Given that there are currently five novels (with the third split into two seasons), but given the fact that the majority of the fourth and fifth novels have been adapted in season 5 and 6, there was only a very limited amount of material left to be adapted. Even so, Martin has told producers Benioff & Weiss the general outline of how the final two books are going to progress (so if a bolt of lightning strikes Martin, they’d still be able to finish according to Martin’s general plan).
As a result, the total amount of seasons remained unclear for quite some time. During Season 3, in an interview with Mother Jones magazine, Benioff & Weiss said that they thought the TV series might run as many as eight seasons, for a total of 80 episodes, though they were unsure:
Season 5 and 6: Intercutting A Feast for Crows & A Dance with Dragons
What was originally planned as the fourth novel was even longer than the third novel, so Martin split it into two novels: A Feast for Crows (the fourth book) and A Dance with Dragons (the fifth book). The fourth and fifth books occur during a simultaneous timeframe: all of the chapters set in the Seven Kingdoms were moved to the fourth book, while all chapters set outside of the Seven Kingdoms (at the Wall or across the Narrow Sea in Essos) were moved to the fifth book. Though of course, despite splitting them because as one book they would have been longer than the third novel, Martin kept making additions to the fourth and fifth novels during the writing process, so both are nearly as long as the third novel.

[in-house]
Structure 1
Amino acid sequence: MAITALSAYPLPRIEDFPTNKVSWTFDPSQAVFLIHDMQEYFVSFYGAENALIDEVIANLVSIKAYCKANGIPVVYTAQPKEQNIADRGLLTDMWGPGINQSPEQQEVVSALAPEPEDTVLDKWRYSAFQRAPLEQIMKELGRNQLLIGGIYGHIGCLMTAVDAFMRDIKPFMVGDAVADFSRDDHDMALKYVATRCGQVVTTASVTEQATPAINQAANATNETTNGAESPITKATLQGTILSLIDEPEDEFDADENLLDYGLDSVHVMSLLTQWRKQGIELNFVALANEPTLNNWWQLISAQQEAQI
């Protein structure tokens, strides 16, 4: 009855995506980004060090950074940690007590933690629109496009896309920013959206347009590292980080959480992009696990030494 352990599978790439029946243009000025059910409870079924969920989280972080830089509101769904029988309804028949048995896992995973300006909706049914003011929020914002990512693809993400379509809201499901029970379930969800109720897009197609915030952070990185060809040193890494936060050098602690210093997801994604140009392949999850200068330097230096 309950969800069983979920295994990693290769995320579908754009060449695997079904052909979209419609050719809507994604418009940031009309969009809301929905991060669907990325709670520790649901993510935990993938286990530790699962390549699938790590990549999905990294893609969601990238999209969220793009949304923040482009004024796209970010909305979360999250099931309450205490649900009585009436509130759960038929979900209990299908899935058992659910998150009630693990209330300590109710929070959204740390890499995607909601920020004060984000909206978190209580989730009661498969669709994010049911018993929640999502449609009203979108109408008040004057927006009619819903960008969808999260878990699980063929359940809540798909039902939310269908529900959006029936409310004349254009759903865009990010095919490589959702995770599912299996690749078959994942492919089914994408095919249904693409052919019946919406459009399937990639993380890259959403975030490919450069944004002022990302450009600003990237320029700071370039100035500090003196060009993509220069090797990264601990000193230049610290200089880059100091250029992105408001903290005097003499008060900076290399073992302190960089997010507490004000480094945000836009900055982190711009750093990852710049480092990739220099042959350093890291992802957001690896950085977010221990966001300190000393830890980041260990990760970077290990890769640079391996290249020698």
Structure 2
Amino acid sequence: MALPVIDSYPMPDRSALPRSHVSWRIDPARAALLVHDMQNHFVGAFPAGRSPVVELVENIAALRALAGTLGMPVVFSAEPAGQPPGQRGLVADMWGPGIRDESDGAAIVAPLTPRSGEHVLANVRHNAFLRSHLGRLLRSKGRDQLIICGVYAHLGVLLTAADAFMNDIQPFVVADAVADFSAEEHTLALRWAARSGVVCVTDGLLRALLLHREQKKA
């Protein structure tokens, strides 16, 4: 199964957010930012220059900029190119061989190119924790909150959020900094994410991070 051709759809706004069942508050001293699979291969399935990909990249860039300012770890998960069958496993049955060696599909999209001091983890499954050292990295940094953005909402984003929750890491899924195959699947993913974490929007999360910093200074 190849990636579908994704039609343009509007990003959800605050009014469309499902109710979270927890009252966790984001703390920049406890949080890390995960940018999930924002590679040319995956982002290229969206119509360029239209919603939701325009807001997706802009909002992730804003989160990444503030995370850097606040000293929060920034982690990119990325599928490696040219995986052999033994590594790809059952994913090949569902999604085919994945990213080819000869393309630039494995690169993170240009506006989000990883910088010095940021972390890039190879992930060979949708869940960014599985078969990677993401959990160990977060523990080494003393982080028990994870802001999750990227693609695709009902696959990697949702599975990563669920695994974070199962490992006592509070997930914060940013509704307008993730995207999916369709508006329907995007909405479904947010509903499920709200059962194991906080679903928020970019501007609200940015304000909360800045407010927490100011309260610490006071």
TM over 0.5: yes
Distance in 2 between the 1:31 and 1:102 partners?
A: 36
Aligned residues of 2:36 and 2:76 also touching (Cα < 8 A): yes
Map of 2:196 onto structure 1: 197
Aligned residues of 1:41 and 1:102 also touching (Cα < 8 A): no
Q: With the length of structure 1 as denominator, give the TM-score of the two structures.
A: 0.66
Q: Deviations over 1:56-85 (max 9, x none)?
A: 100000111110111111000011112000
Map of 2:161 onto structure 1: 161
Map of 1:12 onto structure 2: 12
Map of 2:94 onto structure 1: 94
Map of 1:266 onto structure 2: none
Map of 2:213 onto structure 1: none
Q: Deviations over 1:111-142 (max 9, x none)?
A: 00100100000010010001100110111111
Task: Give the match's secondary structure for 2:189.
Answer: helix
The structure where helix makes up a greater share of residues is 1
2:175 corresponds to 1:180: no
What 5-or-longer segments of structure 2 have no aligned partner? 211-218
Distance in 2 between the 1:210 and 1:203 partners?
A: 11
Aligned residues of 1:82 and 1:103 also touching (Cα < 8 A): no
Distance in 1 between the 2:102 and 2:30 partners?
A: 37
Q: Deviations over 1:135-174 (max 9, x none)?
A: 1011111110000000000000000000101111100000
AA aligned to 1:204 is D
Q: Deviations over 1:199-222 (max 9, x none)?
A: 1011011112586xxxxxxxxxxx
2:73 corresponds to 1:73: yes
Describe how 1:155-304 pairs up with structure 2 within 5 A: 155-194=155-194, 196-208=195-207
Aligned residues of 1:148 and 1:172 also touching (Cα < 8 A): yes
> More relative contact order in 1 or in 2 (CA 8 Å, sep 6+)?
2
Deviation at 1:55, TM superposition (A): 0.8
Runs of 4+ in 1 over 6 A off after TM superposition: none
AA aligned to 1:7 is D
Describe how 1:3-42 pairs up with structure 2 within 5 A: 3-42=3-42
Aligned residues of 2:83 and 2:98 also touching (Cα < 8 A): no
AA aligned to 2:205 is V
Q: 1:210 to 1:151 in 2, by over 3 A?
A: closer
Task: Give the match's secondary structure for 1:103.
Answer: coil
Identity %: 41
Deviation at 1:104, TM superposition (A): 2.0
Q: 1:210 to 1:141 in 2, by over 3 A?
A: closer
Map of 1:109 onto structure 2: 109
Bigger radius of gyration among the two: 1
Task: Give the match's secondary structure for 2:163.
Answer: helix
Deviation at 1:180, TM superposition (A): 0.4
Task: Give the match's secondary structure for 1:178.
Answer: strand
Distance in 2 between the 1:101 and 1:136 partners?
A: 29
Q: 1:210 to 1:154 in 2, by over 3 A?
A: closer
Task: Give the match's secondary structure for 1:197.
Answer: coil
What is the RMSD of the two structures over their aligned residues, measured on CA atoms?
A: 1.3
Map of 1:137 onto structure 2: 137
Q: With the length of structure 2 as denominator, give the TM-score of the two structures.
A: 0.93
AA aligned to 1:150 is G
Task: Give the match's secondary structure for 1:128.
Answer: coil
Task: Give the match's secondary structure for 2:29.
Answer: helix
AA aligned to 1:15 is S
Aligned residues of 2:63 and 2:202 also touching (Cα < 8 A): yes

It would be odd to spend an entire season with one set of characters while the rest do not appear, then reverse this in the subsequent season. So Seasons 5 chronologically presented events in the order that they happened. This is comparable to how J.R.R. Tolkien’s The Two Towers actually consisted of two halves: the first half entirely follows Aragorn since the end of the first novel, then the second half backs up in time to follow only Frodo’s perspective, but during the same timeframe since the end of the first novel. Peter Jackson’s movie adaptation, however, chose to simply intercut between the two storylines to show events in the chronological order in which they occurred. Thus “Season 5” consisted of the majority of the material from A Feast for Crows and A Dance with Dragons.
Seasons 1-4 : A Game of Thrones- A Clash of Kings & A Storm of Swords
As of 2016, five books have been published in the A Song of Ice and Fire series, and author George R.R. Martin has predicted that there will be two more. The third novel- A Storm of Swords, was so long that it pushed the limits of how large a published book could physically be without pages falling out. Because the third novel was so long, the production team realized it would be impossible to condense it all into a single season, so the decision was made to adapt its contents across two seasons. While Season 3 ends with the Red Wedding, this actually happened in the middle of the third novel [similar to how Renly Baratheon suddenly died in the middle of Season 2].
Jon Snow returned to Castle Black by the middle of the third novel. Daenerys Targaryen had not yet reached Meereen by the middle of the third novel. A few characters did advance further than this in Season 3, i.e. Bran Stark actually passed north of the Wall at the end of the third novel (he had so few chapters in the entire book that the TV producers didn’t want to space it out for two full seasons). By the end of the fourth season, most of the characters had completed their story from the third novel. More Info..